Corona aid: How the EU is putting pressure on the Czech Republic, Hungary and Poland – economy

It is now 18: on Monday the EU finance ministers have one video conference approved the project plans of the Irish and Czech governments for corona aid. The concepts of the first 16 member states had already been approved before the summer break. This allows the money to flow out of Brussels. Seven other plans are still being examined by the Commission; only two states – Bulgaria and the Netherlands – have so far not submitted anything to the authorities as a result of the tough formation of governments. In the case of Poland and Hungary, the test is explosive because of concerns about the rule of law there. But even with the Czech Republic, sensitive discussions were necessary before the approval.

Czech Prime Minister Andrej Babiš has to defend himself against the accusation of conflicts of interest. Before starting his political career, the billionaire built up the Agrofert group of companies, which benefits from EU agricultural subsidies. Babiš transferred his shares to trust funds in 2017 to counter the allegations, but a report the EU Commission comes to the conclusion that he continues to exercise control. Commission Vice-President Valdis Dombrovskis said on monday, The payment of the corona aid is linked to the fact that the government in Prague is implementing eight measures with which the correct use of EU funds can be better monitored and controlled. There were “weaknesses” in this area.

The EU’s Corona Aid Fund comprises a total of 806 billion euros. 724 billion of which will be via a new program with the beautiful name Build-up and resilience facilityt distributed, the rest flows through other programs to EU countries or supports Commission initiatives. The Development and Resilience Facility is expected to transfer around € 338 billion in non-repayable grants to governments by 2026; the most goes to Spain and Italy. A further 386 billion euros are available for low-interest loans. In order to benefit from this windfall, however, the governments must submit reform and investment plans. This has to be approved by the Commission, after which the EU finance ministers have to agree.

The plans must meet various criteria, such as providing enough funds for climate protection and digitization. In addition, it is not enough just to suggest nice investments, for example in fiber optic cables or thermal insulation of houses. At the same time, governments must promise economic and socio-political reforms and thereby adhere to the recommendations which the Commission publishes annually for each country – and which have so far been often ignored.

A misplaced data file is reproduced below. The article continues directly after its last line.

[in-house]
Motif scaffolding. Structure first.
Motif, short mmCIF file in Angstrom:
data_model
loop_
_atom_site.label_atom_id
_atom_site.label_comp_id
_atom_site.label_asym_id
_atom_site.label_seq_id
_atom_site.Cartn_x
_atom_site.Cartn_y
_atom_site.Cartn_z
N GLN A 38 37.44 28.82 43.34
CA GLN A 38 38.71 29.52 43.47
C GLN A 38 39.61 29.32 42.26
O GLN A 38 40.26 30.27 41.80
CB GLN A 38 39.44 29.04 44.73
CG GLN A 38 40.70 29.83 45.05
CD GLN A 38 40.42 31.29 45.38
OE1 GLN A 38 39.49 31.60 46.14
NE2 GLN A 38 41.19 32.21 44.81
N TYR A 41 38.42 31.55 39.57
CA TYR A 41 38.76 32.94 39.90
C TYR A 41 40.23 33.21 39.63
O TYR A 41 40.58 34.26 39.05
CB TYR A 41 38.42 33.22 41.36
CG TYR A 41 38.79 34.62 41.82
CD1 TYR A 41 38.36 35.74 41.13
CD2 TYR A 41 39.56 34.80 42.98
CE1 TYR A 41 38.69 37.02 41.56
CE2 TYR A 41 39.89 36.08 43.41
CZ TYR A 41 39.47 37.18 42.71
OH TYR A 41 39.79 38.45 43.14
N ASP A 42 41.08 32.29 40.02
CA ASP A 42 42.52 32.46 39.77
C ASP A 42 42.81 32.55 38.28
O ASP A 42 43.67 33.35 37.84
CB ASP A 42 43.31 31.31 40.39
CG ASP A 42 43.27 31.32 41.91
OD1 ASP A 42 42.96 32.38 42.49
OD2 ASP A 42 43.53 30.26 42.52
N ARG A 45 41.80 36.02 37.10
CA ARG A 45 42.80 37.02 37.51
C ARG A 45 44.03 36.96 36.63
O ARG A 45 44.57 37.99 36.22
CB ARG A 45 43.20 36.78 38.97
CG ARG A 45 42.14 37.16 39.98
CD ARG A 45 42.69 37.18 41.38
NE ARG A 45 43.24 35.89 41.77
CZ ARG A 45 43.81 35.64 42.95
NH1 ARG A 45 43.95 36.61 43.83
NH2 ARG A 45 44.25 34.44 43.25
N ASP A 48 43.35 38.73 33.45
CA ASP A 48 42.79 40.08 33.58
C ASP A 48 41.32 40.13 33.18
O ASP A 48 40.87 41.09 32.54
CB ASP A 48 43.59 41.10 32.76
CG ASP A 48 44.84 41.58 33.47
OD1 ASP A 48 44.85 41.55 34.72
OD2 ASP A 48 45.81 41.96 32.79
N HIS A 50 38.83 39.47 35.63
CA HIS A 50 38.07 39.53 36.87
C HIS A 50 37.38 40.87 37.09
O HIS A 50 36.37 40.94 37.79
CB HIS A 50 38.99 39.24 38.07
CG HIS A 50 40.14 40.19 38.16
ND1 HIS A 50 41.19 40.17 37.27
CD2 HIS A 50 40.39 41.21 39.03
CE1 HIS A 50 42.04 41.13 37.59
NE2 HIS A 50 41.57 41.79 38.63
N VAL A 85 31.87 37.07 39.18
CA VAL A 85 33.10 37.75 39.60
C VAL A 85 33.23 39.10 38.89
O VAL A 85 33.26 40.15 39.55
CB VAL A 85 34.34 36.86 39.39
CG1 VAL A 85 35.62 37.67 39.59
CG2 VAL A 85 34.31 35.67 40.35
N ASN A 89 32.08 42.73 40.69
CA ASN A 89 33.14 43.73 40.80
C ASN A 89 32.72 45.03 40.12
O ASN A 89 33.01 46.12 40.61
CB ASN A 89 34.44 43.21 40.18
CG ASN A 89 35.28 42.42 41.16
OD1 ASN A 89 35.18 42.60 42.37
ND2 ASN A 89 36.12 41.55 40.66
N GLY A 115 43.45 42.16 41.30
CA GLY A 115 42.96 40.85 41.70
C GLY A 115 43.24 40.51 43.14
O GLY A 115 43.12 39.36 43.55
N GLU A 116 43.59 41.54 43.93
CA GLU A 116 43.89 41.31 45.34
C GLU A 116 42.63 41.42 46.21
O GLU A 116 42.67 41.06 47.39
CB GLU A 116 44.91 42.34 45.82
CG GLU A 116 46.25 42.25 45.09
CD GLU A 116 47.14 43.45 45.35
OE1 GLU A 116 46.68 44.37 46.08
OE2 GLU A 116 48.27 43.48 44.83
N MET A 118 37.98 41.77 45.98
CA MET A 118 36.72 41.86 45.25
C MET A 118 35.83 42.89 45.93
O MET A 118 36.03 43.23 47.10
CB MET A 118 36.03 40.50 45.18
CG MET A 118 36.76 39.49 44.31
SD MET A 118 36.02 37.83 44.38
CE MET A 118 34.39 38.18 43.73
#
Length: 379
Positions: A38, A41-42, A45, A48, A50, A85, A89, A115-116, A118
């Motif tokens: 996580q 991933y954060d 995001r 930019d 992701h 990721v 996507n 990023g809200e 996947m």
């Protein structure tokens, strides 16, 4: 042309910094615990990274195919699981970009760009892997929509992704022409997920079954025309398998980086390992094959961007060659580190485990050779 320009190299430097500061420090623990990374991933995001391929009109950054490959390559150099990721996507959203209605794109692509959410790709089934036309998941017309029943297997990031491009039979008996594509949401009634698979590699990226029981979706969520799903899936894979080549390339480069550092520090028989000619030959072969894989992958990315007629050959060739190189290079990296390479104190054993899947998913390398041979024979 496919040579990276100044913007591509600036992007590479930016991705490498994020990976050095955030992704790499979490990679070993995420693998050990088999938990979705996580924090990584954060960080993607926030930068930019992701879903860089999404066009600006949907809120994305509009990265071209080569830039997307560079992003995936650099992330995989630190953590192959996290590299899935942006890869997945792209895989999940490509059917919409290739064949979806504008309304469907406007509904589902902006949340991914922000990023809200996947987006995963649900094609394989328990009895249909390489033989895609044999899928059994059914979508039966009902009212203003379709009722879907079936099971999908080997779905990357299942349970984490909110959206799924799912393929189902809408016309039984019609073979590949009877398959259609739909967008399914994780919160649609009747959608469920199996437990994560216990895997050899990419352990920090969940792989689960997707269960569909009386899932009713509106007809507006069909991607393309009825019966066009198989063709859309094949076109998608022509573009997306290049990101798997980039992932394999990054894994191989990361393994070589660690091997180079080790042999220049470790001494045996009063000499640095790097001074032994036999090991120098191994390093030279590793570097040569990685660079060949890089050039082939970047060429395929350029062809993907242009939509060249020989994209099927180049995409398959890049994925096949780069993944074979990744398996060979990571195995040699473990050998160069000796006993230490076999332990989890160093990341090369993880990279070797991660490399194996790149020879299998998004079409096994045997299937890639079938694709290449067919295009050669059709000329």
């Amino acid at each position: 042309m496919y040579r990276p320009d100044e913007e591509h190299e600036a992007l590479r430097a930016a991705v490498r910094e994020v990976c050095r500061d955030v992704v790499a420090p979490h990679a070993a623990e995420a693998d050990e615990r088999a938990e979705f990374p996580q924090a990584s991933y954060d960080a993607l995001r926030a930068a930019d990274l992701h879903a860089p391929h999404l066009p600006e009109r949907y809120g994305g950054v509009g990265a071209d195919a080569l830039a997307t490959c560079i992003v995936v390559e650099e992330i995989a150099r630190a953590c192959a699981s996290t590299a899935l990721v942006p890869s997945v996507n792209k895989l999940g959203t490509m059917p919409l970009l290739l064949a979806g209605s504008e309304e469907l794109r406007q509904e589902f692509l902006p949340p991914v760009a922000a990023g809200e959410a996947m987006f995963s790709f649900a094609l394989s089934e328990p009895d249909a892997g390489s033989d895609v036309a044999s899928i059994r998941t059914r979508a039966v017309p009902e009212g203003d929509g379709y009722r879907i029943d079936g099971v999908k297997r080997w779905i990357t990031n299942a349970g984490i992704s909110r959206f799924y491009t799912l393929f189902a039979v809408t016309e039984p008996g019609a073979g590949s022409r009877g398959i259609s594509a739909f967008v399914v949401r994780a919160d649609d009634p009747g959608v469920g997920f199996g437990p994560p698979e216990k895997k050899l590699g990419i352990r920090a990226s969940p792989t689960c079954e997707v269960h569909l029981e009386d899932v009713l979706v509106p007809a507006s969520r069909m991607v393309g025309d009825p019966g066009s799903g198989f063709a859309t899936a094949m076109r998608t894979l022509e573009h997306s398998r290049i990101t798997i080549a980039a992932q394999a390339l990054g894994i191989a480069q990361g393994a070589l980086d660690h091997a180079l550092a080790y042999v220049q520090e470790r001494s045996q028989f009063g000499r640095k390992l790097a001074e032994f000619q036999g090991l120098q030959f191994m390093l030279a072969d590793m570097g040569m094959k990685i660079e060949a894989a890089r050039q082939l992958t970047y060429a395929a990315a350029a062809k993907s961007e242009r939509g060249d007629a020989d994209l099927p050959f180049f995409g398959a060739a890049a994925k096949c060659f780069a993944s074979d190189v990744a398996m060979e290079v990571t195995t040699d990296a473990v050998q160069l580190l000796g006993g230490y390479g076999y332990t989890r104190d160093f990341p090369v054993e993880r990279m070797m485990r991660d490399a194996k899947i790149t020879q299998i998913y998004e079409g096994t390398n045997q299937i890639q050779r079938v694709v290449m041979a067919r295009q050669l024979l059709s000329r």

In the case of Poland and Hungary, these recommendations state that the independence of the judiciary must be strengthened: No wonder, after all, in addition to various infringement proceedings, special EU proceedings are underway against both countries because the rule of law and fundamental values ​​of the EU are threatened. In the opinion of the Commission, Hungary and Poland’s reform and investment plans for the Corona billions do not yet sufficiently reflect these recommendations. Therefore, the authority has not yet released the plans.

Does Polish law take precedence over EU law?

The conflict with Poland could worsen, because the constitutional court there is supposed to judge whether the Polish constitution stands above EU law. The government sees it that way, but for the Commission it would be an affront and a threat to the functioning of the European Union. The verdict was postponed to September 22nd. Commission Vice Dombrovskis threatened that his agency was examining “the possible consequences of this judgment for the development and resilience facility and the implementation” of the Polish plan. For Poland it is about 24 billion euros in grants – money that the government in Warsaw urgently needs, according to Commission officials.

The first tranches from the Development and Resilience Facility have already been received in ten Member States. Since the beginning of August, the Commission has transferred almost 50 billion euros: almost 25 billion euros flowed to Italy, nine billion to Spain, five billion to France, four billion to Greece and a good two billion Germany. In order to fill the corona pot, the commission is allowed to incur debts on a large scale for the first time. Since June, the authority has therefore been in three rounds Bonds placed and thus raised 45 billion euros. From autumn on, the authority also wants to use eco-bonds for this purpose. Budget Commissioner Johannes Hahn wants to present the details of the green promissory notes this Tuesday.


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